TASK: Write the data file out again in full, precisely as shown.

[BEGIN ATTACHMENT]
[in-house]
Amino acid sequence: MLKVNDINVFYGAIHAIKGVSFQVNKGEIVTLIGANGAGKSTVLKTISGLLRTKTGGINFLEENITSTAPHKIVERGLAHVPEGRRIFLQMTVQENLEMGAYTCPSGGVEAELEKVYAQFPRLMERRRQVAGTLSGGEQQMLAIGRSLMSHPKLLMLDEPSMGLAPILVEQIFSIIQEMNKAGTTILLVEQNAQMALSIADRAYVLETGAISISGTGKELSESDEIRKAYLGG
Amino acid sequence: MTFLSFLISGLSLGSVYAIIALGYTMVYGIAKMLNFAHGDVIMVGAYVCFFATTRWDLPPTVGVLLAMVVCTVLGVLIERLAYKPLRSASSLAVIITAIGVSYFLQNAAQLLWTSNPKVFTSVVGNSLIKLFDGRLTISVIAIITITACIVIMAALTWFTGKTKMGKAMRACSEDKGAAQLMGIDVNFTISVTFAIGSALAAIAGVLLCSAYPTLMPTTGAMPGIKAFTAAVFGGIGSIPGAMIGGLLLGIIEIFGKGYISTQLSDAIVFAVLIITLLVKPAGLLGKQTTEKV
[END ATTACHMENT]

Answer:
[in-house]
Amino acid sequence: MLKVNDINVFYGAIHAIKGVSFQVNKGEIVTLIGANGAGKSTVLKTISGLLRTKTGGINFLEENITSTAPHKIVERGLAHVPEGRRIFLQMTVQENLEMGAYTCPSGGVEAELEKVYAQFPRLMERRRQVAGTLSGGEQQMLAIGRSLMSHPKLLMLDEPSMGLAPILVEQIFSIIQEMNKAGTTILLVEQNAQMALSIADRAYVLETGAISISGTGKELSESDEIRKAYLGG
Amino acid sequence: MTFLSFLISGLSLGSVYAIIALGYTMVYGIAKMLNFAHGDVIMVGAYVCFFATTRWDLPPTVGVLLAMVVCTVLGVLIERLAYKPLRSASSLAVIITAIGVSYFLQNAAQLLWTSNPKVFTSVVGNSLIKLFDGRLTISVIAIITITACIVIMAALTWFTGKTKMGKAMRACSEDKGAAQLMGIDVNFTISVTFAIGSALAAIAGVLLCSAYPTLMPTTGAMPGIKAFTAAVFGGIGSIPGAMIGGLLLGIIEIFGKGYISTQLSDAIVFAVLIITLLVKPAGLLGKQTTEKV